Oil and preheat a nonstick pan or skillet. Drop batter by 1/4 cupfuls onto the hot pan and cook until small bubbles appear on the surface, flip and cook a minute more or until pancakes are browned on both sides. Repeat until all batter is used. Serve plain or with maple syrup. Makes about 20 pancakes)

For lunch I didn't feel much like cooking so I opened up a package of Trader Joe's Punjabi Eggplant and made some basmati rice. We don't have a Trader Joe's close to where I live, but my dad was passing one by on his way home the other day and he picked this up because he saw that it was vegan. For a product that looked like canned cat food coming out of the box (I'll spare you an actual photograph here), it was surprisingly good. Not restaurant quality but something I would buy again if I got the chance. The spices were well balanced and it wasn't too oily.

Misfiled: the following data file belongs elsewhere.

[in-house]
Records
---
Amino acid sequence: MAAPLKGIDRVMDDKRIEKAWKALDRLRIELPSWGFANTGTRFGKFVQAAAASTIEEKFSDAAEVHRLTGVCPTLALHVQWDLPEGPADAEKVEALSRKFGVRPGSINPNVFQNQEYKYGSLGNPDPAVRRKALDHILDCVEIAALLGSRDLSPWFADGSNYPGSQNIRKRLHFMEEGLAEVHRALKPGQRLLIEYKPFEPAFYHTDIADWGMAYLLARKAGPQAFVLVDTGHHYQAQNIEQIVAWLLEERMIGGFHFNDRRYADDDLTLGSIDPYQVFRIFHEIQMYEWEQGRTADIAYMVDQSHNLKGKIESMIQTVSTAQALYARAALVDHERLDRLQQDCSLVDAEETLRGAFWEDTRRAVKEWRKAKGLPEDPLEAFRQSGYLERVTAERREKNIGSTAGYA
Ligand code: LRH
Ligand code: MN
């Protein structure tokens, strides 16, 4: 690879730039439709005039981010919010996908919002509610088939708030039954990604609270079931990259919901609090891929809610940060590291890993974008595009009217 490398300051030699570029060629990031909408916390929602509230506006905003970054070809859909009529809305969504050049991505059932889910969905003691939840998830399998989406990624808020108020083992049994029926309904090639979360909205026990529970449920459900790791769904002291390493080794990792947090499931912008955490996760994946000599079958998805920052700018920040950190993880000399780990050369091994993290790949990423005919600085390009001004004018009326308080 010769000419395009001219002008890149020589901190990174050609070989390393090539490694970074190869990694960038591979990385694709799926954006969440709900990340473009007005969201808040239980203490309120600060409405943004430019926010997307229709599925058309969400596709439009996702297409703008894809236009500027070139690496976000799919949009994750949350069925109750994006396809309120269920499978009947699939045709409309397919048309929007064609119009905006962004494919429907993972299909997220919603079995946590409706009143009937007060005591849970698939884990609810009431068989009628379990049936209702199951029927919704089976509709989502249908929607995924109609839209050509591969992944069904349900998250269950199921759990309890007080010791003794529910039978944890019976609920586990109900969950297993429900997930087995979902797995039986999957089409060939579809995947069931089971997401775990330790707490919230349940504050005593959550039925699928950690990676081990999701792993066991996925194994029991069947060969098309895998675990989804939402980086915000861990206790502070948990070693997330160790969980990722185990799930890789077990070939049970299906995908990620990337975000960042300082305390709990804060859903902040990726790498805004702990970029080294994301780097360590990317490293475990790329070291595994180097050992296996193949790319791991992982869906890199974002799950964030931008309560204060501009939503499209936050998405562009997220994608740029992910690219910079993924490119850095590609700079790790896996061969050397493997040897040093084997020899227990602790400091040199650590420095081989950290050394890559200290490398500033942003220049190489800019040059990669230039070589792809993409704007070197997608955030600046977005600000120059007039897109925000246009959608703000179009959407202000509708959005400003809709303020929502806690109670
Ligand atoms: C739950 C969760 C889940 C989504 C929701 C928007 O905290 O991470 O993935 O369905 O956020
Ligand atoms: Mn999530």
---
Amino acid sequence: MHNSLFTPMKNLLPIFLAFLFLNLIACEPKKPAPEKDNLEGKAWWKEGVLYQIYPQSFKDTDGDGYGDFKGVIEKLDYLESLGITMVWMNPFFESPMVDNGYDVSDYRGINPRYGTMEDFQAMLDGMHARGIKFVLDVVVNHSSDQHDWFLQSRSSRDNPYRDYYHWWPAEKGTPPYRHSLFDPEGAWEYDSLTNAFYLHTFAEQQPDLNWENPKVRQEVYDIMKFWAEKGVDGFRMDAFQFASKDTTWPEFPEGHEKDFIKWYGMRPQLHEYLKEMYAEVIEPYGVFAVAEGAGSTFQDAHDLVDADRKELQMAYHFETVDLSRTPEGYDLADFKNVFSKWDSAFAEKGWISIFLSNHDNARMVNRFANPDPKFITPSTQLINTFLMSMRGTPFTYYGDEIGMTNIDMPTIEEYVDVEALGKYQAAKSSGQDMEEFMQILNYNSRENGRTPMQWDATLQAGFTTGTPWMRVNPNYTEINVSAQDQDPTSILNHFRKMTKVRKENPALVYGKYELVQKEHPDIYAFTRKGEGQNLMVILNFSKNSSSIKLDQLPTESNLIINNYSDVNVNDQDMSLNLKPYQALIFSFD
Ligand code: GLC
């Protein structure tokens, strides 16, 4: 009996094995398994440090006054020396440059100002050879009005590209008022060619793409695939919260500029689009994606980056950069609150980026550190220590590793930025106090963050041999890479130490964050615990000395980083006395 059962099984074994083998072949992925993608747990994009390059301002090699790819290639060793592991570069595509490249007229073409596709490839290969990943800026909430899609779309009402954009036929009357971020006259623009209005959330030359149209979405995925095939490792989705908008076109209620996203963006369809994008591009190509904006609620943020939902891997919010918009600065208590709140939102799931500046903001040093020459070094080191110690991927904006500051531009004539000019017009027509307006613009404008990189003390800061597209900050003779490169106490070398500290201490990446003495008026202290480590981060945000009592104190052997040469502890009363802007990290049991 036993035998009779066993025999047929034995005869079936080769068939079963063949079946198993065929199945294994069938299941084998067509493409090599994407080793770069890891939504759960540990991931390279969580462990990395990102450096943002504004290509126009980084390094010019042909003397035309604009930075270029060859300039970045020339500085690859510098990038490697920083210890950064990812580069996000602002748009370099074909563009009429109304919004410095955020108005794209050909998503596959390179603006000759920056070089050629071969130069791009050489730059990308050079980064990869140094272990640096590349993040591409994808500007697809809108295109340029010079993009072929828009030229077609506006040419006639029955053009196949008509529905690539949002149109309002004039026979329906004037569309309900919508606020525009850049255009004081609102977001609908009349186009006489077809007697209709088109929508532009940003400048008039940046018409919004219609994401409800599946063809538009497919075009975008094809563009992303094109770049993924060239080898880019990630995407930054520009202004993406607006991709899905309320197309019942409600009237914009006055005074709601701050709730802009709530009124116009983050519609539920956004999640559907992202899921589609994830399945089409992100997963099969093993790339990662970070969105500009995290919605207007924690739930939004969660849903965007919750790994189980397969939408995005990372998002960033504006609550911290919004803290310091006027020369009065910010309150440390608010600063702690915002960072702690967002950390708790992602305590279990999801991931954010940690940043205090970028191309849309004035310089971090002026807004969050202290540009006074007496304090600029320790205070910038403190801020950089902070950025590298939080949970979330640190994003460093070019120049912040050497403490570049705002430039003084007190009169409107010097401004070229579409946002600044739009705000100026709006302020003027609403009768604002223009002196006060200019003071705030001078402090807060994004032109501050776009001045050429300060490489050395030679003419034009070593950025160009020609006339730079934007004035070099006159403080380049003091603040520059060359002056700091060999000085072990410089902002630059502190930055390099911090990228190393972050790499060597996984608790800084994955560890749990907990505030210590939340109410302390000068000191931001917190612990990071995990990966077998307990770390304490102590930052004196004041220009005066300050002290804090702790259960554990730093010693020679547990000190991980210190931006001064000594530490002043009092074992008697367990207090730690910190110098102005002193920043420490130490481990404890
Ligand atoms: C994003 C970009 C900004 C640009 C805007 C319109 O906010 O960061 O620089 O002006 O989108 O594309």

As a last plug, I would highly recommend checking out the new and improved VeggieBoards blog. With about 20 bloggers participating, the site is updated almost every day (sometimes more than once per day) and covers a wide variety of veg*n related topics. Bloggers include myself, Michael (the awesome creator of VeggieBoards), and the lovely Marti of the Fairly Odd Tofu Mom blog.

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Wednesday, April 04, 2007

Passover Madness

Passover is one of those holidays that I view with both anticipation and dread. It's of those times when my family gets to shine as the absolutely stereotypically Jewish family. Most years we trek to Queens or Long Island, stopping only in traffic to look at the Chasidic Jews with their long coats, beards, hats, and boxes of handmade shmura matzah walking home to prepare for the seder, the traditional ritual meal.